The Cumberland-Fayetteville Opioid Response Team (C-FORT) emerged from a task force first organized by former Fayetteville Mayor Nat Robinson. The task force brought stakeholders together to begin to discuss strategies for tackling the local opioid epidemic. When the UNC School of Government launched the Opioid Response Project, team members were eager and excited to participate in an opportunity to continue their work and expand their impact using the Collective Impact model.
“The C-FORT team is a pretty motivated group with quite an action plan,” said Melissia Larson, C-FORT Project Manager. “The team is made up of 90-100 community leaders, 25-35 of which are actively involved, working to address needs in the community.”
Improving post-overdose response is one of the focuses of the team. It was obvious to community leaders that more needed to be done, but there was not enough staff in place to collect all of the necessary data to take action. Because of the team’s work, a pocket guide is now being released to help patients who refuse transport. The guide, distributed by first responders, contains information to help patients understand where they can access services in the community.
Community education is another important component of C-FORT’s work. Committee members implemented a survey to better understand attitudes and awareness about the opioid epidemic in Cumberland County. The survey will gauge the community’s understanding of the availability and purpose of Naloxone, the medication used to counter the effects of an opioid overdose. The team will wrap up survey collection in January 2020, and results will inform the content and strategies behind an upcoming community education campaign.
“The roadblock initially keeping us back from collecting information and launching projects was funding,” said Larson. “We had an action plan and strategies that were great, but we needed the money.” C-FORT developed their action plan as part of the Opioid Response Project with support from the UNC School of Government.
The C-FORT team has been instrumental in the success of the Fayetteville-area’s Law Enforcement Assisted Diversion program (LEAD), offering low-level drug offenders harm reduction-oriented case management and legal services as an alternative to incarceration and prosecution. Individuals are diverted immediately into wrap-around services which include: drug treatment, emergency housing, food, medications, pregnancy programs, dual diagnosis treatment, education, and trade training. It also helps to redirect officers back into the street as soon as possible to handle more pressing law enforcement priorities. Other benefits include cost savings to social service and medical systems and reducing drug related injuries like overdose deaths and HIV & HCV infection. As a result of their promising work, the C-FORT team was recently awarded a federal grant, offering the county $900,000 over a three-year period. The team will start receiving funding in early 2020 and will begin implementing its action plan, including a media campaign and hiring staff to help with the post-overdose response in the community.
“Because of our participation with the UNC Opioid Response Project, we have been able to really pull this team together and employ a community coordinator,” said Larson. “That has been critical to our success and will really help propel us going forward.”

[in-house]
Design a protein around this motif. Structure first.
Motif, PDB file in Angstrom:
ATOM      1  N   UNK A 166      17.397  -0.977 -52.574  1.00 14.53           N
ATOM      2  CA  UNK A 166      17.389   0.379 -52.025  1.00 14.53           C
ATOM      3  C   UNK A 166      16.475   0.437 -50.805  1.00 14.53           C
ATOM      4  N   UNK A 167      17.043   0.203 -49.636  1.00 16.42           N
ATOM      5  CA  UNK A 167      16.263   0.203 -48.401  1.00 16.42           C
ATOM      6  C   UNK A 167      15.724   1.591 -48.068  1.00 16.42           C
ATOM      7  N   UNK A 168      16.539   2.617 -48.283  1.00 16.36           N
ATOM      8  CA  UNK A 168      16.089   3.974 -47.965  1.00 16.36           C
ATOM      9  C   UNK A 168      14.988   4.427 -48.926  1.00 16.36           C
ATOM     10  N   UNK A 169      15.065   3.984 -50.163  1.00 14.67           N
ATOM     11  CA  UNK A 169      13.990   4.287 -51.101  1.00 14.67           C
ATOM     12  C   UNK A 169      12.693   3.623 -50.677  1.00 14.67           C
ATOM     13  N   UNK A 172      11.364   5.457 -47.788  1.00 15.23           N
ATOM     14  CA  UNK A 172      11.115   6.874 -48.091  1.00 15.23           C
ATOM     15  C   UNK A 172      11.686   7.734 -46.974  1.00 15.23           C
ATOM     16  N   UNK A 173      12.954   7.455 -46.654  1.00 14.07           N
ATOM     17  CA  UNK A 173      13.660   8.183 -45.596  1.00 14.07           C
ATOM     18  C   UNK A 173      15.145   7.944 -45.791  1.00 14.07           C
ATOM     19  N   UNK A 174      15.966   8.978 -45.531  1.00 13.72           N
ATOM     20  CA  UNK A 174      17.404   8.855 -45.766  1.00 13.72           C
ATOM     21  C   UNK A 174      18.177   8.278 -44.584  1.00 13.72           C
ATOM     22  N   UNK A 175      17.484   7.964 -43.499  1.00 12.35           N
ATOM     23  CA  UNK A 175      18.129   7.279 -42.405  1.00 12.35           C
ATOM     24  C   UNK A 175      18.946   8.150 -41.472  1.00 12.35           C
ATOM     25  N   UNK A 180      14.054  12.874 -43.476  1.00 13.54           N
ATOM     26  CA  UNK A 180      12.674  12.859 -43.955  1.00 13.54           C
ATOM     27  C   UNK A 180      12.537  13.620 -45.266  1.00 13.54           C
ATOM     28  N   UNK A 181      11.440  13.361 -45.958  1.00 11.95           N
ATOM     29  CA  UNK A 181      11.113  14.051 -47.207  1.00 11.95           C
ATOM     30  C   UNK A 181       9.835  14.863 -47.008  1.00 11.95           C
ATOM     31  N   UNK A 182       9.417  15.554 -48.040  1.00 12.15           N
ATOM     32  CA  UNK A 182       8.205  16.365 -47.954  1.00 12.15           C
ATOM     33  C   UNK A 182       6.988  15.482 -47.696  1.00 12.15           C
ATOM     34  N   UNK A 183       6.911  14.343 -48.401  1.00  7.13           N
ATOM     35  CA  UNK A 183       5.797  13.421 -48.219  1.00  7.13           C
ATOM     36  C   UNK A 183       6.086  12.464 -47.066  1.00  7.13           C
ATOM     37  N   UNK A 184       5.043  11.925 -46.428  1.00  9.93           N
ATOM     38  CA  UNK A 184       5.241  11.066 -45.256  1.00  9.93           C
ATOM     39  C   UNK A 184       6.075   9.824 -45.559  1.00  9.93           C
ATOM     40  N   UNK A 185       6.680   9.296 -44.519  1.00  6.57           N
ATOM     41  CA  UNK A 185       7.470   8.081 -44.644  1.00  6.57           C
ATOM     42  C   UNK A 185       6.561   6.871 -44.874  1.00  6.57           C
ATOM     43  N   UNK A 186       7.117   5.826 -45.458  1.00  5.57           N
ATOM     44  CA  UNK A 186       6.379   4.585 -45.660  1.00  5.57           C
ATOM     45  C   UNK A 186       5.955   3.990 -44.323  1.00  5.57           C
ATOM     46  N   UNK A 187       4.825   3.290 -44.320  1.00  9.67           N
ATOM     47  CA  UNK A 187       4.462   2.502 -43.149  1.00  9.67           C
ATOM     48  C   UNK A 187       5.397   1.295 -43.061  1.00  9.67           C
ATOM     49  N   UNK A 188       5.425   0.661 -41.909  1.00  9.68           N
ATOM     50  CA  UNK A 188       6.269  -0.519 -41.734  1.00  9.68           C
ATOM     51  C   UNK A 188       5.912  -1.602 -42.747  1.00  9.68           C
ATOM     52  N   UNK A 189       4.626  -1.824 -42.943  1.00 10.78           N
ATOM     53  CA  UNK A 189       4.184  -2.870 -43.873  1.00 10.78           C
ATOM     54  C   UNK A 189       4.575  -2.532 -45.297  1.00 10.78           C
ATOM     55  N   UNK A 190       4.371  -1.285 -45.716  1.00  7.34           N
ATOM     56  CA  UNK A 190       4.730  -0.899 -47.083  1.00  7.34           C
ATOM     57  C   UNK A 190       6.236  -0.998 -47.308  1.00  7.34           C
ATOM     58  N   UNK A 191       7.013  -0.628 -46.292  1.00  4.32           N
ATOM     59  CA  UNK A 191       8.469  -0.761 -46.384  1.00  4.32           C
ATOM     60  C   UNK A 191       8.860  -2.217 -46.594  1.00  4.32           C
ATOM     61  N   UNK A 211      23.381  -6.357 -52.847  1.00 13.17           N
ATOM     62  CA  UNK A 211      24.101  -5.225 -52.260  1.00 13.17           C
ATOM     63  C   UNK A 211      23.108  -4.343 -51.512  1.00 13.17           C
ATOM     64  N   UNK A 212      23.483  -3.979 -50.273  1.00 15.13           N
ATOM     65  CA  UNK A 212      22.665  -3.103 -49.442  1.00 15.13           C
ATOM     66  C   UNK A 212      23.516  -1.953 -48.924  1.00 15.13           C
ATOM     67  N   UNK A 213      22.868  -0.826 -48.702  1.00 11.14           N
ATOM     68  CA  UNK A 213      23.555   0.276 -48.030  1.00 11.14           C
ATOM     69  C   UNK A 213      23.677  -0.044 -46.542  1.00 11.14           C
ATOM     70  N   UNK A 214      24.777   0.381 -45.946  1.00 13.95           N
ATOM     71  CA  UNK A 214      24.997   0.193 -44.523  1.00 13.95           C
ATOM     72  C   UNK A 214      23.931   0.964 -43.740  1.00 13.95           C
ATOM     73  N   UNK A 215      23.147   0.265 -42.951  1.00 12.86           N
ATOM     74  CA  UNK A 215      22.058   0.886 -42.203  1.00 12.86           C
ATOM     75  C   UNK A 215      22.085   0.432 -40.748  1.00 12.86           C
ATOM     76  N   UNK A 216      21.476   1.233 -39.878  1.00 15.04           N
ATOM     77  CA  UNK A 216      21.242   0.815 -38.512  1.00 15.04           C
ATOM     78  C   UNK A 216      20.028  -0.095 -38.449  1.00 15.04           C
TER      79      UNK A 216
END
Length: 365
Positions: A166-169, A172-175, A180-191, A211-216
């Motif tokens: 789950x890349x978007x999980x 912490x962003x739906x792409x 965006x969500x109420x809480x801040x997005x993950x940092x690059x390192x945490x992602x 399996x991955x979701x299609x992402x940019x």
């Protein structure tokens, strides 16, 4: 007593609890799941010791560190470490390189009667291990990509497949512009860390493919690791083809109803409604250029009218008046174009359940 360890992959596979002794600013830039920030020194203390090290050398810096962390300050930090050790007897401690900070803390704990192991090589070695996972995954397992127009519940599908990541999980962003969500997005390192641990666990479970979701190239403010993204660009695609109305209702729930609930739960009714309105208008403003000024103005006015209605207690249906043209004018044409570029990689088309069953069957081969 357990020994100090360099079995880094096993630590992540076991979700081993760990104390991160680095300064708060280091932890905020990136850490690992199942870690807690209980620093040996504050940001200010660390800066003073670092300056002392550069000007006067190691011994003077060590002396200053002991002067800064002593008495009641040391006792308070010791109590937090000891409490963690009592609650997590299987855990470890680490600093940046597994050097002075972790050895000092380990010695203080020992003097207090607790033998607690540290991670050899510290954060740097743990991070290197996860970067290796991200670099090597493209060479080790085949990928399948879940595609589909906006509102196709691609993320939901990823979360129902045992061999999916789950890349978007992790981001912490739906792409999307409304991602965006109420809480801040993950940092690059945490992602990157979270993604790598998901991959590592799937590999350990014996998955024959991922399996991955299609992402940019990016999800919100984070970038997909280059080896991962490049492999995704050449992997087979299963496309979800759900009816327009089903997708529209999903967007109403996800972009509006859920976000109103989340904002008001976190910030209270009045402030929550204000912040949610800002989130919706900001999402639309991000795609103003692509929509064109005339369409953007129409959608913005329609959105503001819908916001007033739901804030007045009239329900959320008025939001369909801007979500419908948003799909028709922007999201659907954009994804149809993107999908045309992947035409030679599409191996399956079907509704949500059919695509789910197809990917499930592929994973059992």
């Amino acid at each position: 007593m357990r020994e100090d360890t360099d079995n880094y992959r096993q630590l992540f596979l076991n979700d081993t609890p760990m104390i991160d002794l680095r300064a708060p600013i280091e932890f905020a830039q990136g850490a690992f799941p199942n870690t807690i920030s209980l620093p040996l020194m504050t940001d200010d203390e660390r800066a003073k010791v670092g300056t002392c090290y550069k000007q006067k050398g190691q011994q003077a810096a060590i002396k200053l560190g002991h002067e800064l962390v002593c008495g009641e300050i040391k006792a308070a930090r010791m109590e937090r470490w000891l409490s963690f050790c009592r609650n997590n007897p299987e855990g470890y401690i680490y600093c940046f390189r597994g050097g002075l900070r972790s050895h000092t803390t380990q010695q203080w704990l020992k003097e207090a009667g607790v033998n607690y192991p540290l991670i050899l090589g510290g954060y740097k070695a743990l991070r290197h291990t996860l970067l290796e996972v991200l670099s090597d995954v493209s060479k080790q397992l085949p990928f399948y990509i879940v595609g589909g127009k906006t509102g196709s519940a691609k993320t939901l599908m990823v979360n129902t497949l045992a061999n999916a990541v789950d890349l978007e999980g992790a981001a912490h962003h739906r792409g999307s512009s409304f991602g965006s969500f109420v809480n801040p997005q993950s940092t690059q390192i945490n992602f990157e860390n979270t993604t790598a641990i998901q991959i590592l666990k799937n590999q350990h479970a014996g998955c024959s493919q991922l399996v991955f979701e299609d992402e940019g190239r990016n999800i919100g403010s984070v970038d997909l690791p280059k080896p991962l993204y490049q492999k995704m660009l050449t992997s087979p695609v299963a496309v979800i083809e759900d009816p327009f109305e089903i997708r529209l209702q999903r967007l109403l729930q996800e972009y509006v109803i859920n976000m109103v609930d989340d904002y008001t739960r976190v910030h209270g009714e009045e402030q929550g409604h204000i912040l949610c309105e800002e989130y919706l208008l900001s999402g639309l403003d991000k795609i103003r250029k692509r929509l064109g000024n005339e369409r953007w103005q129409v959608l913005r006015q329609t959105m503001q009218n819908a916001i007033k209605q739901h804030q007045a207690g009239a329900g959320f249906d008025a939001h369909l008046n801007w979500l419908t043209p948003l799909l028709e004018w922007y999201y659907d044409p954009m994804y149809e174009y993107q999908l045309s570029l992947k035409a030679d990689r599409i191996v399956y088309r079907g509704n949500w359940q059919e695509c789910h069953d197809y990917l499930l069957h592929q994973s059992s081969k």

The C-FORT team describes their involvement with the Opioid Response Project as educational and rewarding. After identifying early strategies, teams were encouraged to set goals and objectives, then move on to key performance indicators, helping them realize their goals. “The School of Government had a game plan, helping each team walk away with an action plan,” said Larson. “It’s exciting now to see those plans start coming together.”
Bringing together 10 teams from across North Carolina has made it easier for team members to share information and participate in networking that might not otherwise be possible. These discussions are helping local leaders save time and avoid reinventing the wheel as they work quickly to tackle similar issues in their communities.
“Thanks to the UNC Opioid Response Project, the C-FORT team now has a strong action plan that takes into consideration all of the different facets of the opioid problem,” said Larson. “We have learned about the importance of including workforce development in our action plan. We know that joblessness is a problem linked with opioid addiction, and now we have an opportunity to include that in our action plan.”
As the new year begins, the C-FORT team is excited to be hiring three full-time staff. “Being selected for funding was a big win for us,” said Larson. “Now, we’re looking forward to the many small wins along the way that will pave the way toward achievement of our goals.”
The C-FORT team is working hard to become the creative and recovery-ready community they see as necessary to tackle the opioid epidemic. Because of the team’s involvement in the Opioid Response Project, they are already seeing that start to happen. “One of our members with Methodist University recently reported the launch of recovery meetings on campus beginning in January 2020,” said Larson. “It’s exciting that our members can get the energy and inspiration they need to feel empowered to start a conversation with their chain of command, helping to launch projects that will become an important part of our community’s success.”